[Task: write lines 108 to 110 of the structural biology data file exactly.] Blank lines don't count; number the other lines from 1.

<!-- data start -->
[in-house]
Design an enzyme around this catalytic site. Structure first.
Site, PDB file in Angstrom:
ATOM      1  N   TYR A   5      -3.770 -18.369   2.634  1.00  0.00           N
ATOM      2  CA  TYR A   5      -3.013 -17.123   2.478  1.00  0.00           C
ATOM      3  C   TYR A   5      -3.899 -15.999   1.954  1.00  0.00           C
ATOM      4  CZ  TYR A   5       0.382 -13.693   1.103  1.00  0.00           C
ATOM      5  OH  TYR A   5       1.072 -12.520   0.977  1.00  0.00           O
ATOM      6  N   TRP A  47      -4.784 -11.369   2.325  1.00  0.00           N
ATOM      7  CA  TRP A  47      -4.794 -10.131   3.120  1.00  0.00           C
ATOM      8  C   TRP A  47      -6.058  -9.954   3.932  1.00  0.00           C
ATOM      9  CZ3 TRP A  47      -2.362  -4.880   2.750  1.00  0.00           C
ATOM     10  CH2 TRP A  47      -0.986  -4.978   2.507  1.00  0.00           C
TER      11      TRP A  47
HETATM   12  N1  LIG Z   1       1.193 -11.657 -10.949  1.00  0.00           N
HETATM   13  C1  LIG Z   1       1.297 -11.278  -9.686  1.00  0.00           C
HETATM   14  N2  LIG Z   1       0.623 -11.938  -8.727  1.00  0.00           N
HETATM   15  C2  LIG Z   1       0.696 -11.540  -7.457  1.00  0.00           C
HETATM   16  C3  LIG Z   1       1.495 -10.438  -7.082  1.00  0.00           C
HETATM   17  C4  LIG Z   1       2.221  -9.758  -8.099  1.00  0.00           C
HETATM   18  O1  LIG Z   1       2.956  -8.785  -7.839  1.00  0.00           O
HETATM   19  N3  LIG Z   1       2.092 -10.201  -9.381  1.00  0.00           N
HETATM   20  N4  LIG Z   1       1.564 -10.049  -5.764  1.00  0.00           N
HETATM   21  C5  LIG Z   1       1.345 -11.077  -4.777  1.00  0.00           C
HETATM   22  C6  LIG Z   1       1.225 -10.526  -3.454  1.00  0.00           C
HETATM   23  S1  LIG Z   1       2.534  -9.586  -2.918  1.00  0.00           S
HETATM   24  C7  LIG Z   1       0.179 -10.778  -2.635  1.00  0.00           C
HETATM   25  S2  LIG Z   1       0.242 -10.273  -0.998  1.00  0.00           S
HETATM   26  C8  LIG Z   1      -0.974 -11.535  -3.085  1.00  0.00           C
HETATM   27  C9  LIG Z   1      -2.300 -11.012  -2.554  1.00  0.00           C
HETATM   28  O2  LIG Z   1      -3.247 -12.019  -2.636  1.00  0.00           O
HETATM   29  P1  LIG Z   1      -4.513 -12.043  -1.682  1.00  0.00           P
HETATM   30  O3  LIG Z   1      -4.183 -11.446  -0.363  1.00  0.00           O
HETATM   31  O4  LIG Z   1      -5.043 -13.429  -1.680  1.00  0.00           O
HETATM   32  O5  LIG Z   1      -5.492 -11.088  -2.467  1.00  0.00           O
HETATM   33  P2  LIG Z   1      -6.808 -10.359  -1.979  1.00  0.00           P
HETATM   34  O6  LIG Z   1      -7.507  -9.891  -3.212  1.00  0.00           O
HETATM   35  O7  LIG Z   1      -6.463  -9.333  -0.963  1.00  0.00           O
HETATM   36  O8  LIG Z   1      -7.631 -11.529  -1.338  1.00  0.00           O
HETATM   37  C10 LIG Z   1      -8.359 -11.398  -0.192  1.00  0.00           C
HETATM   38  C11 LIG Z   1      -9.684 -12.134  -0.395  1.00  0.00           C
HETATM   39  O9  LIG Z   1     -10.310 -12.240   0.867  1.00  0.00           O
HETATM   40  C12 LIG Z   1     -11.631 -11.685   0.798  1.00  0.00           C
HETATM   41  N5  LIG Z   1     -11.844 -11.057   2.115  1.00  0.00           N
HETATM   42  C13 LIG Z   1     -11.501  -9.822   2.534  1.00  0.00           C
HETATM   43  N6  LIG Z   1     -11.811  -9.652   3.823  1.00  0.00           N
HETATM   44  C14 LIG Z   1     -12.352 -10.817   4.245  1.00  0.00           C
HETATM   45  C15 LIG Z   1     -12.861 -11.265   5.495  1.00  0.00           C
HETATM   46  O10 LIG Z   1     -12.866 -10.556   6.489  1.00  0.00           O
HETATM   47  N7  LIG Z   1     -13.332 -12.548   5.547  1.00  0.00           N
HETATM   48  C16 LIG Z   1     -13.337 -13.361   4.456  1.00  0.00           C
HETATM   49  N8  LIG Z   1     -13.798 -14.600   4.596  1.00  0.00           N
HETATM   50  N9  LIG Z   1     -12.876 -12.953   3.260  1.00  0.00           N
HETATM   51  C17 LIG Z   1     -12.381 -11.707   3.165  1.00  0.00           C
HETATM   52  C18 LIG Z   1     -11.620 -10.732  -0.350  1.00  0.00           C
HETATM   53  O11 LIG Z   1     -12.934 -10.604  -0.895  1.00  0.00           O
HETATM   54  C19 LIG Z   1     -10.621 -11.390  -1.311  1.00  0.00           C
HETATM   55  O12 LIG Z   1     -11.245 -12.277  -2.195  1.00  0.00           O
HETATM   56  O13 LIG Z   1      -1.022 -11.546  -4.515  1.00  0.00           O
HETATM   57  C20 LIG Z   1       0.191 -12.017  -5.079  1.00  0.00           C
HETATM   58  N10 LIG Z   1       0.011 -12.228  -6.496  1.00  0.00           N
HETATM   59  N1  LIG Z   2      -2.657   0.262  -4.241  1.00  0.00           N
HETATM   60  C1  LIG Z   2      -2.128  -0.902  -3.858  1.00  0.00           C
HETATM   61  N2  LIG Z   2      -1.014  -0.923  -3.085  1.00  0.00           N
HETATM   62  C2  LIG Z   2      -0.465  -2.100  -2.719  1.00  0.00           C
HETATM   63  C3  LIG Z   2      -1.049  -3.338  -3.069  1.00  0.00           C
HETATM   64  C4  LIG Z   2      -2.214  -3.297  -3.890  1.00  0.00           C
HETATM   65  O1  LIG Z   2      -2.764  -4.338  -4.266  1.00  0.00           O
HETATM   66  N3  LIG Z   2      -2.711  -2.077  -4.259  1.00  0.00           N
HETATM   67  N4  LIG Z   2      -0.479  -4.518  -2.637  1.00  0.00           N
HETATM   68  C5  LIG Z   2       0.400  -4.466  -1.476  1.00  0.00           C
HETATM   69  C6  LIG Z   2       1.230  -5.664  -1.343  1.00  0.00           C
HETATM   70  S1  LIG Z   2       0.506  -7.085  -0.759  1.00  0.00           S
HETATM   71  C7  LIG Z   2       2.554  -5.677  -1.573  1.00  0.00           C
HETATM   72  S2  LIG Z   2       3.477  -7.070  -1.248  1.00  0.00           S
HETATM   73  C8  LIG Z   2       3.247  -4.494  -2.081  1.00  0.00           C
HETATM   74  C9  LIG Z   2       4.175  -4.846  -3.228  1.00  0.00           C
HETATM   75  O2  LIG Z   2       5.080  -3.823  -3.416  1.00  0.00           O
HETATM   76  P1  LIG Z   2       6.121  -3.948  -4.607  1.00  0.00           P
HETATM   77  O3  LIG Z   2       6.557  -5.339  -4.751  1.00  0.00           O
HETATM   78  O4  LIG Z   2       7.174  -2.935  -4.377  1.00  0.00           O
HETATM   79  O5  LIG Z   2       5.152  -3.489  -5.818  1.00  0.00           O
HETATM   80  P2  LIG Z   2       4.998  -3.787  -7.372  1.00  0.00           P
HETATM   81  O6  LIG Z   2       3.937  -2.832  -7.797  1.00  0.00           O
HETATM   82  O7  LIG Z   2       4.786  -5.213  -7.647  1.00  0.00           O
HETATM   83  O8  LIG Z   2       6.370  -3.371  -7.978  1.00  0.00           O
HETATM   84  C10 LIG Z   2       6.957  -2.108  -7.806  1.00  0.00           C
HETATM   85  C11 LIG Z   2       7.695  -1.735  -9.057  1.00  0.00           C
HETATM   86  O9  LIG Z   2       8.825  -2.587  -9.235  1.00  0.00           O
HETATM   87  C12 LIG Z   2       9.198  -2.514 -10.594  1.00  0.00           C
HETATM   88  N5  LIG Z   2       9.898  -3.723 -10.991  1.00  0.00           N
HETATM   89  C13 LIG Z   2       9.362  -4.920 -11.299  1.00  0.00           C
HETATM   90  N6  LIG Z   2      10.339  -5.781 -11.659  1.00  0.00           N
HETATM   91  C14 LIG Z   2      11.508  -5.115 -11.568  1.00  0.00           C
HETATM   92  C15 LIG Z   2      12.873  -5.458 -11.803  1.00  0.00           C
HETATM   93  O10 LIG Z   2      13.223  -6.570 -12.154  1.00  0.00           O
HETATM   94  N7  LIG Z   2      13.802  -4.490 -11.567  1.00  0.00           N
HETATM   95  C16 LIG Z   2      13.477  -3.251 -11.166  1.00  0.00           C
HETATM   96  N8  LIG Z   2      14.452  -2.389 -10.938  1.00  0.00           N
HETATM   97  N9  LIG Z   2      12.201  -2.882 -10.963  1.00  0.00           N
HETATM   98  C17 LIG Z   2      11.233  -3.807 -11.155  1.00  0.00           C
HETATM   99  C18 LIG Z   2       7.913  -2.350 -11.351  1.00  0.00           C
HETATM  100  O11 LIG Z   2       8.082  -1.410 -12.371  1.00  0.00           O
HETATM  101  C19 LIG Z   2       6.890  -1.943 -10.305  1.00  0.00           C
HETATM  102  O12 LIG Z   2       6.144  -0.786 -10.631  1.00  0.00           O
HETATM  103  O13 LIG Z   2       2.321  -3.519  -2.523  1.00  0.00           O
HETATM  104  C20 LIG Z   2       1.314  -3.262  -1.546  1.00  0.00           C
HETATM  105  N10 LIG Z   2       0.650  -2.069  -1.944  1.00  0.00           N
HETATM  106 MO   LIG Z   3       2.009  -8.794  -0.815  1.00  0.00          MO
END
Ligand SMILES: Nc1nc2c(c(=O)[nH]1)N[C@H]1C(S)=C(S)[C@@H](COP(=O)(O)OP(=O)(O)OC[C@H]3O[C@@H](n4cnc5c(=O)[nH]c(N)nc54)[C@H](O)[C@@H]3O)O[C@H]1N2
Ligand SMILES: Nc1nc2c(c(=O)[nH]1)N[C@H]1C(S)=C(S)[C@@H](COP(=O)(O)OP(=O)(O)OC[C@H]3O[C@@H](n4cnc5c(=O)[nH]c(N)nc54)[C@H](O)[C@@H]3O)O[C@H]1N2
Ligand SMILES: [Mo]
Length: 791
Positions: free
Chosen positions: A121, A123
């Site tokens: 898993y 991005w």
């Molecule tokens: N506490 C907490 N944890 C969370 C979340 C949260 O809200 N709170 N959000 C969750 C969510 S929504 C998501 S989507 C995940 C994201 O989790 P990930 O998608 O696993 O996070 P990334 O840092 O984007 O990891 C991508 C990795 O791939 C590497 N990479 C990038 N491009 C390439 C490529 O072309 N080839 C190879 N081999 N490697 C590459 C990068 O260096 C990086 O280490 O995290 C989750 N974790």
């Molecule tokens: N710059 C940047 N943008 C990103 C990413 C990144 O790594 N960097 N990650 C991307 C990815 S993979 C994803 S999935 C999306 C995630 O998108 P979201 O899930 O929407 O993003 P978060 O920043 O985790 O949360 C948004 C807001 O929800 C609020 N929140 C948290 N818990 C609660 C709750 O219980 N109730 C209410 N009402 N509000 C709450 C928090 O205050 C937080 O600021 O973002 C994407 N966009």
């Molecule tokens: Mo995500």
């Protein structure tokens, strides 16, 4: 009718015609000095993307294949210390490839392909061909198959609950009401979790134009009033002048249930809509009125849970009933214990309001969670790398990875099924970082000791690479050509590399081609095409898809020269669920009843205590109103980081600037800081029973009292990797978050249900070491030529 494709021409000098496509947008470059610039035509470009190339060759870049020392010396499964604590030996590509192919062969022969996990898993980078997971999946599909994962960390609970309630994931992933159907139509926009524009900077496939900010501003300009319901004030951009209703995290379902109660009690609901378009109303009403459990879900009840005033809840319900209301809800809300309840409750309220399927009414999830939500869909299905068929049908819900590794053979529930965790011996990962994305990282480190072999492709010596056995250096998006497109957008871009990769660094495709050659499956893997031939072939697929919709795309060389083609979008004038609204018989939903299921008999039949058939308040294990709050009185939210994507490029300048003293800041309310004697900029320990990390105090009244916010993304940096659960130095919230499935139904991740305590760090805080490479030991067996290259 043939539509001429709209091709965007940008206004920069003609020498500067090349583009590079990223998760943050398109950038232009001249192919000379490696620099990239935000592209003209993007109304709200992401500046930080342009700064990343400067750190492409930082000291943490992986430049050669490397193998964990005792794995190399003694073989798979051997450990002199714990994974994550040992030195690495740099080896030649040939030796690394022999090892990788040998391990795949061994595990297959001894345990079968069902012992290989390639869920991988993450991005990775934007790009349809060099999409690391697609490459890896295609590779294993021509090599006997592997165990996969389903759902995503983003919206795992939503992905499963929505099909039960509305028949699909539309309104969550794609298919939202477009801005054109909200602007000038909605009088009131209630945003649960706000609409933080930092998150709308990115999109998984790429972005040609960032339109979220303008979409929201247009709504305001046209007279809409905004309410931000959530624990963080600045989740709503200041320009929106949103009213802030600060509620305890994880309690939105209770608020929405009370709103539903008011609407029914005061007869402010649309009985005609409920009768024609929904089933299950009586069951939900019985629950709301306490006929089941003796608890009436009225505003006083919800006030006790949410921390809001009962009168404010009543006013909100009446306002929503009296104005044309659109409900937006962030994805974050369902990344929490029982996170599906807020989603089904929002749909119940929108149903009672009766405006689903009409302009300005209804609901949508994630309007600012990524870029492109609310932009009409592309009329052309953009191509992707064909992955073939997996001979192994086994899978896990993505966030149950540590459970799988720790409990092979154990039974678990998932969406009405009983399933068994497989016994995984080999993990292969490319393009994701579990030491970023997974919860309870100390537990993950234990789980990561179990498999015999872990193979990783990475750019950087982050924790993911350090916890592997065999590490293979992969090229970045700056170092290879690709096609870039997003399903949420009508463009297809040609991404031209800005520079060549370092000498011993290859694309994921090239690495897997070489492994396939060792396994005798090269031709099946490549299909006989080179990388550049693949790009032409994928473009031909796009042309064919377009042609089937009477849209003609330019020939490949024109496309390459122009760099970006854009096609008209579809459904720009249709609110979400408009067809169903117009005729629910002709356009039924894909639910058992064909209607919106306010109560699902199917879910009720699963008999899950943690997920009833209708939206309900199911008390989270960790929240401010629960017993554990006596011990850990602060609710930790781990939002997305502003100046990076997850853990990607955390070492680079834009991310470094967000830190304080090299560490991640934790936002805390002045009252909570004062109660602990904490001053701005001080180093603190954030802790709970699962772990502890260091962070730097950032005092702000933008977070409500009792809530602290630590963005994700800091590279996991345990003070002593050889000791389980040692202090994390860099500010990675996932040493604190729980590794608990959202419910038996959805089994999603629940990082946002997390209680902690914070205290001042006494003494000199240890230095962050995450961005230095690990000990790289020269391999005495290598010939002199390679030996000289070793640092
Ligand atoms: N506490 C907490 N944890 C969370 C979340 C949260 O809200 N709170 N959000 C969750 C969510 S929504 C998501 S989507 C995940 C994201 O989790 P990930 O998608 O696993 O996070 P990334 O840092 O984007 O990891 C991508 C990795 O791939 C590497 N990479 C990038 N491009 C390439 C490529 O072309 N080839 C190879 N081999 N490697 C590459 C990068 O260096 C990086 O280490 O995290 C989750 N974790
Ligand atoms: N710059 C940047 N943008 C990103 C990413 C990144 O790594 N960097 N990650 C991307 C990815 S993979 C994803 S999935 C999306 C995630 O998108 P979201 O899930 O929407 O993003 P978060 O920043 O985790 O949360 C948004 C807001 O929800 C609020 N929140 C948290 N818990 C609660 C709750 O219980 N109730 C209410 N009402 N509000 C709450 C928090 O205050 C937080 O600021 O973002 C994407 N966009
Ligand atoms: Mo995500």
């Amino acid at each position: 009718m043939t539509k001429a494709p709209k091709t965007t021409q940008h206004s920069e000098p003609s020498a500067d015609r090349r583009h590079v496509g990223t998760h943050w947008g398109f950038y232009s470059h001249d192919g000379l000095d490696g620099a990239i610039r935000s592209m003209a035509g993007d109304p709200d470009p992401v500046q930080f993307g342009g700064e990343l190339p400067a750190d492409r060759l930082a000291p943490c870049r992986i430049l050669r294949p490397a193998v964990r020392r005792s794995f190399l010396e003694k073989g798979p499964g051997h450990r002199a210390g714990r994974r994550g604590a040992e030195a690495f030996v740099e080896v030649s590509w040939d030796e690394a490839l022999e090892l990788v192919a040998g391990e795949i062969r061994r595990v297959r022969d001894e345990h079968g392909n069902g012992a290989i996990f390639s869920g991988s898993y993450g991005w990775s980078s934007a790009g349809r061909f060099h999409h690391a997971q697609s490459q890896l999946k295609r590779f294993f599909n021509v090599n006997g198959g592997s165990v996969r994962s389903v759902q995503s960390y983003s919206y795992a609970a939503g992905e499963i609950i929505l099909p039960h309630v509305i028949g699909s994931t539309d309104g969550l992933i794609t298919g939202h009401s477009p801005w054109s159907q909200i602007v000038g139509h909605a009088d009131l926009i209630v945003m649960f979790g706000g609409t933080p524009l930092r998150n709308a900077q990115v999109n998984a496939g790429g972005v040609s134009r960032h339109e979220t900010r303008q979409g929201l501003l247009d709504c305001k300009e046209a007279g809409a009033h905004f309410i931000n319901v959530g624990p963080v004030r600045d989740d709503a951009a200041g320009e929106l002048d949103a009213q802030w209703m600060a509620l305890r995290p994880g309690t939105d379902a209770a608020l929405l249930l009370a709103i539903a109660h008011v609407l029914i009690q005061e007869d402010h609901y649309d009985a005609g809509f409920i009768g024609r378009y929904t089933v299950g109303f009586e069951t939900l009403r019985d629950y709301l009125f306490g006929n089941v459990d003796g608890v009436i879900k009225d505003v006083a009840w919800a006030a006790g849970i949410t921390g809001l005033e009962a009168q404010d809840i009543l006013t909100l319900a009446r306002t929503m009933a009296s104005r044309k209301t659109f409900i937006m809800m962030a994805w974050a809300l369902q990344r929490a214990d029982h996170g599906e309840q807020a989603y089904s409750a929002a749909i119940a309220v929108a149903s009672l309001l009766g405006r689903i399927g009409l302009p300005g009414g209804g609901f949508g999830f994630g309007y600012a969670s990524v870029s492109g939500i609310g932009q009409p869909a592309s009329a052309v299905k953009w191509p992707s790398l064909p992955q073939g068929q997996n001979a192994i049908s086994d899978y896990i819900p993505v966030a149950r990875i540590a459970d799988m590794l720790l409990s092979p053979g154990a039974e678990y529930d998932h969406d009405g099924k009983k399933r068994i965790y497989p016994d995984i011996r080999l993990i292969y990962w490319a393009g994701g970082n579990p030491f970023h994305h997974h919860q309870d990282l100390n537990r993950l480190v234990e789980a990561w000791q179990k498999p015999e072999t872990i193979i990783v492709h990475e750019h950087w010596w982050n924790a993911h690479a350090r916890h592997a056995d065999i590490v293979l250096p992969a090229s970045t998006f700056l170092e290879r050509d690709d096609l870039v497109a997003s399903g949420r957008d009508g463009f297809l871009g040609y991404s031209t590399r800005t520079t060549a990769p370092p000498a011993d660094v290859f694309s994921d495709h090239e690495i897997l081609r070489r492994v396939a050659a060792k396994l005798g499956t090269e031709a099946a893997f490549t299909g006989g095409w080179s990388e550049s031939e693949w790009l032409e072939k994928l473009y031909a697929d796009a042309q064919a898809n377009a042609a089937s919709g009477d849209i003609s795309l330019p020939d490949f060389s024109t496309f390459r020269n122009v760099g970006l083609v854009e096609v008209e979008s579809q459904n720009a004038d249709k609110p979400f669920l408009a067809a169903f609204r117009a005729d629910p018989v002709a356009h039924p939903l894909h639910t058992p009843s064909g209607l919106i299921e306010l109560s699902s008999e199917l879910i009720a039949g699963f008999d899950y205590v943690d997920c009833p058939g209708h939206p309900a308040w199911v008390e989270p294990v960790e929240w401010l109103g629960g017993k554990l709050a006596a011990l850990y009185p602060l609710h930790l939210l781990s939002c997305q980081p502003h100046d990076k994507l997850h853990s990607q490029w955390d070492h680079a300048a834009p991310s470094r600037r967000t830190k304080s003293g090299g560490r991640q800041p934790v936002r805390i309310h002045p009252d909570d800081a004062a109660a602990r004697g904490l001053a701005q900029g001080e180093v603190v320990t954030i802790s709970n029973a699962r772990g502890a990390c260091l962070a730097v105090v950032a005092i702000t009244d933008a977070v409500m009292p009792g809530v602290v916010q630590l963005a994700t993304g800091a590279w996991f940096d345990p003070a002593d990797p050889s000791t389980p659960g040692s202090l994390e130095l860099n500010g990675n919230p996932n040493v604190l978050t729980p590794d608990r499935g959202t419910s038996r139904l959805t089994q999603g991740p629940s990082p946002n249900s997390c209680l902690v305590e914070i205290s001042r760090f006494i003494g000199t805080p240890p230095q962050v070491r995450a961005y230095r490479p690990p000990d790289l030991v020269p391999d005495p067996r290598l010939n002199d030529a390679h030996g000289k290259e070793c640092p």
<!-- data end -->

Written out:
HETATM  105  N10 LIG Z   2       0.650  -2.069  -1.944  1.00  0.00           N
HETATM  106 MO   LIG Z   3       2.009  -8.794  -0.815  1.00  0.00          MO
END